It is a widely acknowledged fact that the Roman Empire has had fantastic influences on our modern everyday lives, from plumbing, to civil law, to the Corinthian columns which embellish and support our stately edifices. Less appreciated is the little-known Roman war general, Scipio Africanus, without whom we would not be heirs to the magnificent Greek and Roman legacies as we know them today.
During his lifetime, Scipio was widely known for his militaristic excellence, which reached its peak when he defeated Hannibal in the Second Punic War and thereby saved the Roman Empire from the invading Carthaginians. Born Publius Cornelius Scipio in 236 BC, he was honored with the title “Africanus” for his victory in Africa. It is hard to overemphasize his role in saving Rome, as the outcome of the Second Punic War decided not only the fate of the Roman Empire but that of Europe as well. Without Scipio prevailing over Hannibal’s elephants at the Battle of Zama, Carthage would have wiped out Rome and become the main power of the Mediterranean. Though his troops and the general public piously adored him, during his consulship, Africanus was unable to avoid making a handful of political enemies as every powerful Roman was apt to do. The Latin Library comments on his twilight years,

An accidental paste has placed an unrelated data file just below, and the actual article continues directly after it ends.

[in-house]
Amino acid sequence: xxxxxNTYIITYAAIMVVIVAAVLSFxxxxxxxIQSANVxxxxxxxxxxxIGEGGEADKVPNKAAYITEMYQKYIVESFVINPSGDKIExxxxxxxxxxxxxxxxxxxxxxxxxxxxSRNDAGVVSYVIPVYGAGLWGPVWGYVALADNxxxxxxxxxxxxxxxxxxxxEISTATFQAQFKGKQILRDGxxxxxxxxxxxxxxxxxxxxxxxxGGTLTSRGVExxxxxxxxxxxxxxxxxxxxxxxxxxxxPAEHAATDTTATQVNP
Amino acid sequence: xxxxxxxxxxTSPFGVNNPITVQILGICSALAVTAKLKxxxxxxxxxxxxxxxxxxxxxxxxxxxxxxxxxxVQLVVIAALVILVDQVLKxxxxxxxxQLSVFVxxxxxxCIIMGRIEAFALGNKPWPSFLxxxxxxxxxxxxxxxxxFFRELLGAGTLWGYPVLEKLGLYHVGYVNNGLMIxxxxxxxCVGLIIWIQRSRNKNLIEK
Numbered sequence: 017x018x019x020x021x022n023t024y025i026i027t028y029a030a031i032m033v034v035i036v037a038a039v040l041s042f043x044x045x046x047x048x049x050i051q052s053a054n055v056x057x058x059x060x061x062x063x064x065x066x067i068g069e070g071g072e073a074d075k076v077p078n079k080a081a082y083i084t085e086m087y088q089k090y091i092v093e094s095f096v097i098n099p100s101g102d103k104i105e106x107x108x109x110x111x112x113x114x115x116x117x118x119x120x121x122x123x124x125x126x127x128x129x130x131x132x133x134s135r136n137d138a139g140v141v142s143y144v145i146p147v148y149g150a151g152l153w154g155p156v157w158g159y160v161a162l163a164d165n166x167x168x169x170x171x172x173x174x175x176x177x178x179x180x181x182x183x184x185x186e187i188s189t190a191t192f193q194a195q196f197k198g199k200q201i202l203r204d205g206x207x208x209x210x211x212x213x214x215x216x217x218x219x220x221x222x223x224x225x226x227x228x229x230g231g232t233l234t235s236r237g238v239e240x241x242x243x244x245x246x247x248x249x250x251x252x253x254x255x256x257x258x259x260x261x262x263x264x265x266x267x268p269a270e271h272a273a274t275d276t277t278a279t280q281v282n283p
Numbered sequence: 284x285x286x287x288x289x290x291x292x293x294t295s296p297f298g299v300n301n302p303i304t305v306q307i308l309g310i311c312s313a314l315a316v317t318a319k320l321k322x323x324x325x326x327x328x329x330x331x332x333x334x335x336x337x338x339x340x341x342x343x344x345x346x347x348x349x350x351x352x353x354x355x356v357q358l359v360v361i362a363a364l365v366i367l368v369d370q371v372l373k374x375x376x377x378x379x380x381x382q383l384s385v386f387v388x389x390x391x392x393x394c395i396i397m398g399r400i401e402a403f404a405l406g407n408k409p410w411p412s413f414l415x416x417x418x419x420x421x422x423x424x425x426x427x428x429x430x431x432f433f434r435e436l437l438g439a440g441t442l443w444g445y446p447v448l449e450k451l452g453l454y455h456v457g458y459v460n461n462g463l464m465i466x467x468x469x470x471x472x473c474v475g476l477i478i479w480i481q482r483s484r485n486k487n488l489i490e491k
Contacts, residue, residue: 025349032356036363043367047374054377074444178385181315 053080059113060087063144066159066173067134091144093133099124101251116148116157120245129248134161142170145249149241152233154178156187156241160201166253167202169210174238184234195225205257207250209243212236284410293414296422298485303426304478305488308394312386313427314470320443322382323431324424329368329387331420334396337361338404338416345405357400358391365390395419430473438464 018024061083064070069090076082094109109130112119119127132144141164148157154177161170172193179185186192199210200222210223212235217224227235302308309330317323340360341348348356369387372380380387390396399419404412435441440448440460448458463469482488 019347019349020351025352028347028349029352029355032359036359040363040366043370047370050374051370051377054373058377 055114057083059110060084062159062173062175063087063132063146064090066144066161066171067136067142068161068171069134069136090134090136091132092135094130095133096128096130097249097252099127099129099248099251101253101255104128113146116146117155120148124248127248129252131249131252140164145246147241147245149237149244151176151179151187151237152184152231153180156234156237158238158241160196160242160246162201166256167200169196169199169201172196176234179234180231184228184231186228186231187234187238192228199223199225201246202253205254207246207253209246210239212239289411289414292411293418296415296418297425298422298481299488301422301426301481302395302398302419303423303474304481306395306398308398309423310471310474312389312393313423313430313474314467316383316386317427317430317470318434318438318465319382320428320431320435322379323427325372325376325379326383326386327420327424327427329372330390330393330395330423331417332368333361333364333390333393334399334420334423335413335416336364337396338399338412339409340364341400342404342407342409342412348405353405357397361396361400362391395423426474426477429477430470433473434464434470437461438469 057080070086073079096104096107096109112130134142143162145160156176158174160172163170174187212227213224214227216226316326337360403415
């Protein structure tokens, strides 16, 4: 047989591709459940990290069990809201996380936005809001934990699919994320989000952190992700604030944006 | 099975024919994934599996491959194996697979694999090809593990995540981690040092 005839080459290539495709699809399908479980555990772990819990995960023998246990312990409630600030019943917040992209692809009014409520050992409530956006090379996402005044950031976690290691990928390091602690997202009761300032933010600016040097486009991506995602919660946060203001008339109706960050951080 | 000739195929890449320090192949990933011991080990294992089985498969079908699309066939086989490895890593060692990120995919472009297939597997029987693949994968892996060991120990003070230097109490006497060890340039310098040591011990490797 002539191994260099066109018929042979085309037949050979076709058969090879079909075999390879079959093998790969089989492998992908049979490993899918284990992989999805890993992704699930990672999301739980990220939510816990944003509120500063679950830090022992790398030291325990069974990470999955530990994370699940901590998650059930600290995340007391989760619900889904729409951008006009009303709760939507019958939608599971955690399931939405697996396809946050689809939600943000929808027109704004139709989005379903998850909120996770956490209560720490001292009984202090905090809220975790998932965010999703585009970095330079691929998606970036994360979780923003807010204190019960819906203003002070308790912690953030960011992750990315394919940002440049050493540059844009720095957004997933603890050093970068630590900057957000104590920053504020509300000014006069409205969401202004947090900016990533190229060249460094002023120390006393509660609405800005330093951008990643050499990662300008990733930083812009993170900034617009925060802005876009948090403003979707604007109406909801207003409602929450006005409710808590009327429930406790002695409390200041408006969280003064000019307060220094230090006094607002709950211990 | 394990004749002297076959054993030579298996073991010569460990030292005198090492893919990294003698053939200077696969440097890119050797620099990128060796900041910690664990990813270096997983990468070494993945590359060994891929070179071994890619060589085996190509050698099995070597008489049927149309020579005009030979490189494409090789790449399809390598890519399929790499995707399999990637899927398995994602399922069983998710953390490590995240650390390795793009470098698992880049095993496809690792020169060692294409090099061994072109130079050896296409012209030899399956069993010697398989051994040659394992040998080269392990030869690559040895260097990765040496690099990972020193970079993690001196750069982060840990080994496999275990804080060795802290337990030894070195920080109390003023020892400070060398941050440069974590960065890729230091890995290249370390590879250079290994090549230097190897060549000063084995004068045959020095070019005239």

He withdrew from Rome to Liternum in Campania, where he lived simply, cultivating the fields with his own hands and living on a villa (country farm) of modest size: Seneca later contrasted its small and cold bathroom with the luxurious baths of his own day. He had not long to live, however; embittered and ill, he died in 184 or 183, a virtual exile from his country.
Following his passing, he achieved kleos apthiton as his memory burned on. Given Scipio’s redemptive military victories, many Romans believed he had been specially favored by the gods. Yet another reason that his popularity abounded was that he viewed his mission as a Roman general to protect and preserve the rich Greek culture. There remained sustained interest in his life, even through the early Renaissance.
The Gryphon Editions consultation has placed Scipio on our list of the 100 Most Influential People in the history of the world because he is singlehandedly responsible for preserving the Roman Empire and Greek culture. Even the historian Polybius referred to Scipio as, “almost the most famous man of all time.” This long forgotten war hero will have his song immortalized once again in our leather-bound biography, part of our 100 Most Influential People Library.